There is an art to bait fishing: the art of patience and the art of relaxing. It is not just the ability but the desire to sit by a river and listen to the water, the ducks and the pika. There’s nothing like putting a squiggling, wriggling, dirt-covered worm on a hook to get you in touch with the simple things in life. What I love most about bait fishing is how it simplifies everything. Once you are all weighted and baited and rigged-up and waiting, your world shrinks and crystallizes. For a time, there is nothing but you and the water. You don’t worry about your problems because you’re too busy watching your bobber, and in the time you watch your bobber, you often find that your problems have sorted themselves out.
Bait fishing can be some of the most enjoyable fishing in the world. It requires very little skill, but a great deal of patience and a comfort with yourself. People, used to distractions, find that not having them has become distressing to many people’s psyche. When was the last time you came home from work and sat in your house without any distractions from your own thoughts and feelings? No T.V., no phone, no computer, no music, no NPR, no internet? Bait fishing is about being with yourself, without distraction and without filter. It is every bit as centering as the deepest of meditations, and I find it far more helpful for solving my problems, providing you are properly equipped.
The most important thing you need for bait fishing is the proper frame of mind. You must be prepared to sit still for hours with no fish, with not even a nibble, and still enjoy your time. Of course, you must bring a fishing rod, and hooks and baits and weights. But you also need a spot with a good rock or stick or tree trunk to wedge your rod in so a big fish doesn’t pull your rod out to the middle of the river. You need a suitable backrest or seat (ideally both), and finally, you need a hat.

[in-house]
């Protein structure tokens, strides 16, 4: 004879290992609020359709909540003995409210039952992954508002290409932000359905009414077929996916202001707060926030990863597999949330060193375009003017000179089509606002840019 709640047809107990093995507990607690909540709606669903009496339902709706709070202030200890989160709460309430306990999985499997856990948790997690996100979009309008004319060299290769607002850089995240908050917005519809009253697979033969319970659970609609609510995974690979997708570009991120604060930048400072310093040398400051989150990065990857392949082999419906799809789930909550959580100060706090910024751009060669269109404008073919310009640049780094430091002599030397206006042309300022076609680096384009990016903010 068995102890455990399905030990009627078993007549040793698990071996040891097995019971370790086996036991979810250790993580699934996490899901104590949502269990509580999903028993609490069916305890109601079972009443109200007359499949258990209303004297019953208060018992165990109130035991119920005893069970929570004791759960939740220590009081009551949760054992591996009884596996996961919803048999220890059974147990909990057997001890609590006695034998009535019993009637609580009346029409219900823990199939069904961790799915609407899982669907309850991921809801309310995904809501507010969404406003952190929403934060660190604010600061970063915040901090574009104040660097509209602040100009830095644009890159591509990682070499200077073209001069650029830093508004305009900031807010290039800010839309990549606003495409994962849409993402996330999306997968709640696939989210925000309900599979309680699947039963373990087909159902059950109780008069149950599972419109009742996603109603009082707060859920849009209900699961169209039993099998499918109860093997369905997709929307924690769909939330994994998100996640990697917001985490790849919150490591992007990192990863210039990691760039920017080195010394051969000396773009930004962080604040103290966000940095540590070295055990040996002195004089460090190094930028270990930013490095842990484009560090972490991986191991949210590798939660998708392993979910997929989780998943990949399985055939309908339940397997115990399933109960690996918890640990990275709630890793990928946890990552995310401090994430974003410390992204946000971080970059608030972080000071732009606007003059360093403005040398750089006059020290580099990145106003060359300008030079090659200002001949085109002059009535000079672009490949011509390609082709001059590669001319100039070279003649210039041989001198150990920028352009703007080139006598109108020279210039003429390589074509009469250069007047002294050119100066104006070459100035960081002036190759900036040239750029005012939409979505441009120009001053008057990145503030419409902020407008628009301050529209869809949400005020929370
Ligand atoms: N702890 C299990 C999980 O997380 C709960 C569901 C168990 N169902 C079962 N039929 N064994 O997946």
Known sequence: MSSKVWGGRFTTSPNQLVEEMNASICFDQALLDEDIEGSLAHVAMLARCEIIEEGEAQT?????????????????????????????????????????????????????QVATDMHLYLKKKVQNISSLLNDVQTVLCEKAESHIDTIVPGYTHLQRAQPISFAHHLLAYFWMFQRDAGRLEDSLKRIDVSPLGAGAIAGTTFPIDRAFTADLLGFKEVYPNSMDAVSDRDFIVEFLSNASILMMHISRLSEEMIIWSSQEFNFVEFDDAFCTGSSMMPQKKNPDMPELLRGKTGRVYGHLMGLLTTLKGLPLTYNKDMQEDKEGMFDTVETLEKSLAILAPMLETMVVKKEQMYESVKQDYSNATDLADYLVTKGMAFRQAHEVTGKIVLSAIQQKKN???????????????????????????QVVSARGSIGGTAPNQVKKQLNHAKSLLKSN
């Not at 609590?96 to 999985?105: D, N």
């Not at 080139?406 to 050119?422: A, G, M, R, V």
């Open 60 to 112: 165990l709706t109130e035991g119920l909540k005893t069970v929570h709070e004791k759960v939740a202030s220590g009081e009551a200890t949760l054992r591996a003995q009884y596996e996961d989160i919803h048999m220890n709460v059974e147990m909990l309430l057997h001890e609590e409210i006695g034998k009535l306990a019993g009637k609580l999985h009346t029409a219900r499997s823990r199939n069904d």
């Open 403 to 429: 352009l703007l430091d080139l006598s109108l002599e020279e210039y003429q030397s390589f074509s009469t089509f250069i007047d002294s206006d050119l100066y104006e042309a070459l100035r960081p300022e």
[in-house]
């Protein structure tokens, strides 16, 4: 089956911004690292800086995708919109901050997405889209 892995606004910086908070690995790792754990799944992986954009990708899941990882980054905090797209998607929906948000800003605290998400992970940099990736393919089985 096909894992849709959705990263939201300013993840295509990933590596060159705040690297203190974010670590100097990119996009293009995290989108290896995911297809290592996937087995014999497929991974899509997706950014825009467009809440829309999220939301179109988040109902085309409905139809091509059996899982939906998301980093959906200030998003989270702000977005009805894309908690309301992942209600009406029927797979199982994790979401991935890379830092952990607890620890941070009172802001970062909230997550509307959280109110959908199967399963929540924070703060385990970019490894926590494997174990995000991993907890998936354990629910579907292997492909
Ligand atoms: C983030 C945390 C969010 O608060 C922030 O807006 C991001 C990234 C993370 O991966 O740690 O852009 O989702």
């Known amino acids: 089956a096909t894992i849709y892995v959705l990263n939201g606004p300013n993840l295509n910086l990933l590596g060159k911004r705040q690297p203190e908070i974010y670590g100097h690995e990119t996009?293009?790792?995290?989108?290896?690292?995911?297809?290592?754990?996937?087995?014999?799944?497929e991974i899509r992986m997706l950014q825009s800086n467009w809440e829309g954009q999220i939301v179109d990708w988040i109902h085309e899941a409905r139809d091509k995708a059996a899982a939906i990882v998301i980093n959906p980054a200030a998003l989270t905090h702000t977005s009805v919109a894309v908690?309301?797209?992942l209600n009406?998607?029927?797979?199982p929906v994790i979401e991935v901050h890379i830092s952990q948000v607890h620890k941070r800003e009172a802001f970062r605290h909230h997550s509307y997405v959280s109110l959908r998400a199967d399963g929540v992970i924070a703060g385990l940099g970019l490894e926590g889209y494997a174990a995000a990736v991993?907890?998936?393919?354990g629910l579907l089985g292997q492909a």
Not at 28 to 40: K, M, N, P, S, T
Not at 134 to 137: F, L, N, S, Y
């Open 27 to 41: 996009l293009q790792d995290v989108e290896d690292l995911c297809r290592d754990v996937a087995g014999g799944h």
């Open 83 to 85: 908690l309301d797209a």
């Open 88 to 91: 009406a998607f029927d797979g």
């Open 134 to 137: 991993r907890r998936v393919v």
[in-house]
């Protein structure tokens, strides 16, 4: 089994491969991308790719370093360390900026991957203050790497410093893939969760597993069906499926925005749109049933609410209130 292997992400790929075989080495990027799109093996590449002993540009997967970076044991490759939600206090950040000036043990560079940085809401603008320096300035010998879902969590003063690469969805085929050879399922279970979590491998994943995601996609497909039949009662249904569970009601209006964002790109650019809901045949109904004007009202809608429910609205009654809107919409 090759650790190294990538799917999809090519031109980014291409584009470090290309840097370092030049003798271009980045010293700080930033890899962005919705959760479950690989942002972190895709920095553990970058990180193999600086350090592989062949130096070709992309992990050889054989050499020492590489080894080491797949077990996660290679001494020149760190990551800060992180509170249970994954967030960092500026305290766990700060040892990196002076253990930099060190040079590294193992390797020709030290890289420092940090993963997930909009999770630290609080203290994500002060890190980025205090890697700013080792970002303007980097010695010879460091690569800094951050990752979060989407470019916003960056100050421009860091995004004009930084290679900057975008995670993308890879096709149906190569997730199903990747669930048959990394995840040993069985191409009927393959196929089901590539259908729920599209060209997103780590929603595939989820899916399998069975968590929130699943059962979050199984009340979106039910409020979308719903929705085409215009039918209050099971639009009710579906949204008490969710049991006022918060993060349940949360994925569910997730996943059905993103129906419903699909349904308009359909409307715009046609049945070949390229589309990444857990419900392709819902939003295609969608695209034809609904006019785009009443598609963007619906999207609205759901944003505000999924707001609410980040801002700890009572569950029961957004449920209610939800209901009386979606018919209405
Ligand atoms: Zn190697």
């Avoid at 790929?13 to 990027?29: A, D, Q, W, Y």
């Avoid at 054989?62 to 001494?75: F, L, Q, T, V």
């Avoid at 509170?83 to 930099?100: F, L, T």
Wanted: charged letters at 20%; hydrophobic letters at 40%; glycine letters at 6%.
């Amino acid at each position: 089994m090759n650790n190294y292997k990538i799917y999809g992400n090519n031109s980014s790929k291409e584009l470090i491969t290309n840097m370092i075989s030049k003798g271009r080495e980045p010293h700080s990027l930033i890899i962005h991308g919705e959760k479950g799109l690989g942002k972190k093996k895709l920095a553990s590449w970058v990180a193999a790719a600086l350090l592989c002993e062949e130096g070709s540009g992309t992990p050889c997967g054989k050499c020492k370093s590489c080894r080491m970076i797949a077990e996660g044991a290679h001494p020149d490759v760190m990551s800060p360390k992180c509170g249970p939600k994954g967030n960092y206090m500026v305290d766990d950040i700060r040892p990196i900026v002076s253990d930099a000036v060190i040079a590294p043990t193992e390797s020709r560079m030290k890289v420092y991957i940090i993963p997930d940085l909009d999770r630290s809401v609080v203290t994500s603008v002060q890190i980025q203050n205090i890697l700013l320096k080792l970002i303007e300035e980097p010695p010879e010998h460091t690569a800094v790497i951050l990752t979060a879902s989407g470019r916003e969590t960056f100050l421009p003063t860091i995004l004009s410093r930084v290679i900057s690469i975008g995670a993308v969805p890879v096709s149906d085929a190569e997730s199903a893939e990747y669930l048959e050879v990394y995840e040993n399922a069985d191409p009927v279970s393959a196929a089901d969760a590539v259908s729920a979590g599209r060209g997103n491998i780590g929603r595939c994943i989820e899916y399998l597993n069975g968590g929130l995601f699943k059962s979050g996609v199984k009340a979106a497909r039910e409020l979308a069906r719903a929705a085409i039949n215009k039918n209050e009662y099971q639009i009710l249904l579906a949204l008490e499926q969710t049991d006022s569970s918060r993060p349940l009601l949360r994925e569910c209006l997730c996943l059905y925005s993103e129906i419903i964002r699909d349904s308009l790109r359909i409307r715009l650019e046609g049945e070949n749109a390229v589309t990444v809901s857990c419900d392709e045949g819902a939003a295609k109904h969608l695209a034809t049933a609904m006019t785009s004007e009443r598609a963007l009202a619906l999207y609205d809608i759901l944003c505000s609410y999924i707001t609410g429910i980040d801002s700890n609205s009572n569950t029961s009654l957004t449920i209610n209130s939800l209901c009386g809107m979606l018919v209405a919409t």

You should always bring a hat with you on fishing trips, as it has multiple uses for any fisherman, one of my absolute favorites being its talent for shielding your face from the sun. When the bait fishing is slow and I’ve been up since five in the morning, I’ll clip a little bell to the end of my rod to let me know if a fish bites. I’ll keep my rod in place by putting a heavy rock on the end of it. I’ll kick back and relax, use my backpack as a pillow and tip my hat forward over my eyes. The sun will shine down on my body, so there’s no need for a blanket. I feel a warmth and an inner peace that the Dalai Lama himself would be envious of. And I slip into a peaceful, dreamless sleep…
I wake up a little later and check my bait. No bell ringing and nothing has been moved. No bites, but that’s okay. Bait fishing is not really about fishing anyway. It’s about listening. Listening to the water and listening to the peace and quiet that comes from the simple but irrevocable knowledge that the river will always flow. The river has been there since long before you were born, and it will be there long after you die. Even when you leave it, it will be there when you come back.